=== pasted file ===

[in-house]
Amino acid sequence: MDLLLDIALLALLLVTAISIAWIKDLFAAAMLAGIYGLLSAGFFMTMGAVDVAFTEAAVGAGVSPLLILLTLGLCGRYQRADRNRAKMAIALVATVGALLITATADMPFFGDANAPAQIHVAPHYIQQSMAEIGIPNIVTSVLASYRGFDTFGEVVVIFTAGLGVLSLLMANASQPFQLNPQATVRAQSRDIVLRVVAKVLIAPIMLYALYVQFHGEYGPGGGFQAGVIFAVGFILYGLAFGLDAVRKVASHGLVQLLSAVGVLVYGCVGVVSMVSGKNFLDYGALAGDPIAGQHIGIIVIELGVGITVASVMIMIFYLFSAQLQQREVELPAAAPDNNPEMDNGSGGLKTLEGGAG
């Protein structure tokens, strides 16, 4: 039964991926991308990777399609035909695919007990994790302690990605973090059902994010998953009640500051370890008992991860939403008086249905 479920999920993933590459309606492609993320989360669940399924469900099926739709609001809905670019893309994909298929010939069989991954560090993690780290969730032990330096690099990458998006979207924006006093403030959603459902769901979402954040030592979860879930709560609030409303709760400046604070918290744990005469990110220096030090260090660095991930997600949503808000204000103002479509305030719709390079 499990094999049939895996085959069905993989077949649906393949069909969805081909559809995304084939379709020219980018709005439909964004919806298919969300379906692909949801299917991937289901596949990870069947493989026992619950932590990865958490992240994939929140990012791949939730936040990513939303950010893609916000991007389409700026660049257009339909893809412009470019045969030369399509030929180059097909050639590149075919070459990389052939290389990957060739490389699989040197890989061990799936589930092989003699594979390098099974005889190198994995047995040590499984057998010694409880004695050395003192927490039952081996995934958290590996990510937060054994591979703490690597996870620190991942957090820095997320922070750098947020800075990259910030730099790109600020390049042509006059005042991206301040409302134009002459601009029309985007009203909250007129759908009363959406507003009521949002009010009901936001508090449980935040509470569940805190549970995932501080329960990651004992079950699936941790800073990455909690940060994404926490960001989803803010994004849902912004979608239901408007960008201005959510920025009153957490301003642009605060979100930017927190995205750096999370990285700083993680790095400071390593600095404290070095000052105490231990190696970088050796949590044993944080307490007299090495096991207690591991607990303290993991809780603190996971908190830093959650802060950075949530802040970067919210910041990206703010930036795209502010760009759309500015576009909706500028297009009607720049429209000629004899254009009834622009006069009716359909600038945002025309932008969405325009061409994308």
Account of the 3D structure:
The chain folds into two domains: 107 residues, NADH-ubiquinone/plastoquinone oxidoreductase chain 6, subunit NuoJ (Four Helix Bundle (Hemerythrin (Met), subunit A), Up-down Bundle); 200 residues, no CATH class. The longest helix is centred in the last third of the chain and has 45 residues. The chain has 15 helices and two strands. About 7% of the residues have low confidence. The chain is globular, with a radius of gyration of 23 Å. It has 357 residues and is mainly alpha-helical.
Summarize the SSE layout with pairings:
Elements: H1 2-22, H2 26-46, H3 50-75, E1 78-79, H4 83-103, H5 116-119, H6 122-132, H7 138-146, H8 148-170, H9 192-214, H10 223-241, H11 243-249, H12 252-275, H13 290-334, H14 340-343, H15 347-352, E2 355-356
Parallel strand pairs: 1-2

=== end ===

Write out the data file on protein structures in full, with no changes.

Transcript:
[in-house]
Amino acid sequence: MDLLLDIALLALLLVTAISIAWIKDLFAAAMLAGIYGLLSAGFFMTMGAVDVAFTEAAVGAGVSPLLILLTLGLCGRYQRADRNRAKMAIALVATVGALLITATADMPFFGDANAPAQIHVAPHYIQQSMAEIGIPNIVTSVLASYRGFDTFGEVVVIFTAGLGVLSLLMANASQPFQLNPQATVRAQSRDIVLRVVAKVLIAPIMLYALYVQFHGEYGPGGGFQAGVIFAVGFILYGLAFGLDAVRKVASHGLVQLLSAVGVLVYGCVGVVSMVSGKNFLDYGALAGDPIAGQHIGIIVIELGVGITVASVMIMIFYLFSAQLQQREVELPAAAPDNNPEMDNGSGGLKTLEGGAG
């Protein structure tokens, strides 16, 4: 039964991926991308990777399609035909695919007990994790302690990605973090059902994010998953009640500051370890008992991860939403008086249905 479920999920993933590459309606492609993320989360669940399924469900099926739709609001809905670019893309994909298929010939069989991954560090993690780290969730032990330096690099990458998006979207924006006093403030959603459902769901979402954040030592979860879930709560609030409303709760400046604070918290744990005469990110220096030090260090660095991930997600949503808000204000103002479509305030719709390079 499990094999049939895996085959069905993989077949649906393949069909969805081909559809995304084939379709020219980018709005439909964004919806298919969300379906692909949801299917991937289901596949990870069947493989026992619950932590990865958490992240994939929140990012791949939730936040990513939303950010893609916000991007389409700026660049257009339909893809412009470019045969030369399509030929180059097909050639590149075919070459990389052939290389990957060739490389699989040197890989061990799936589930092989003699594979390098099974005889190198994995047995040590499984057998010694409880004695050395003192927490039952081996995934958290590996990510937060054994591979703490690597996870620190991942957090820095997320922070750098947020800075990259910030730099790109600020390049042509006059005042991206301040409302134009002459601009029309985007009203909250007129759908009363959406507003009521949002009010009901936001508090449980935040509470569940805190549970995932501080329960990651004992079950699936941790800073990455909690940060994404926490960001989803803010994004849902912004979608239901408007960008201005959510920025009153957490301003642009605060979100930017927190995205750096999370990285700083993680790095400071390593600095404290070095000052105490231990190696970088050796949590044993944080307490007299090495096991207690591991607990303290993991809780603190996971908190830093959650802060950075949530802040970067919210910041990206703010930036795209502010760009759309500015576009909706500028297009009607720049429209000629004899254009009834622009006069009716359909600038945002025309932008969405325009061409994308």
Account of the 3D structure:
The chain folds into two domains: 107 residues, NADH-ubiquinone/plastoquinone oxidoreductase chain 6, subunit NuoJ (Four Helix Bundle (Hemerythrin (Met), subunit A), Up-down Bundle); 200 residues, no CATH class. The longest helix is centred in the last third of the chain and has 45 residues. The chain has 15 helices and two strands. About 7% of the residues have low confidence. The chain is globular, with a radius of gyration of 23 Å. It has 357 residues and is mainly alpha-helical.
Summarize the SSE layout with pairings:
Elements: H1 2-22, H2 26-46, H3 50-75, E1 78-79, H4 83-103, H5 116-119, H6 122-132, H7 138-146, H8 148-170, H9 192-214, H10 223-241, H11 243-249, H12 252-275, H13 290-334, H14 340-343, H15 347-352, E2 355-356
Parallel strand pairs: 1-2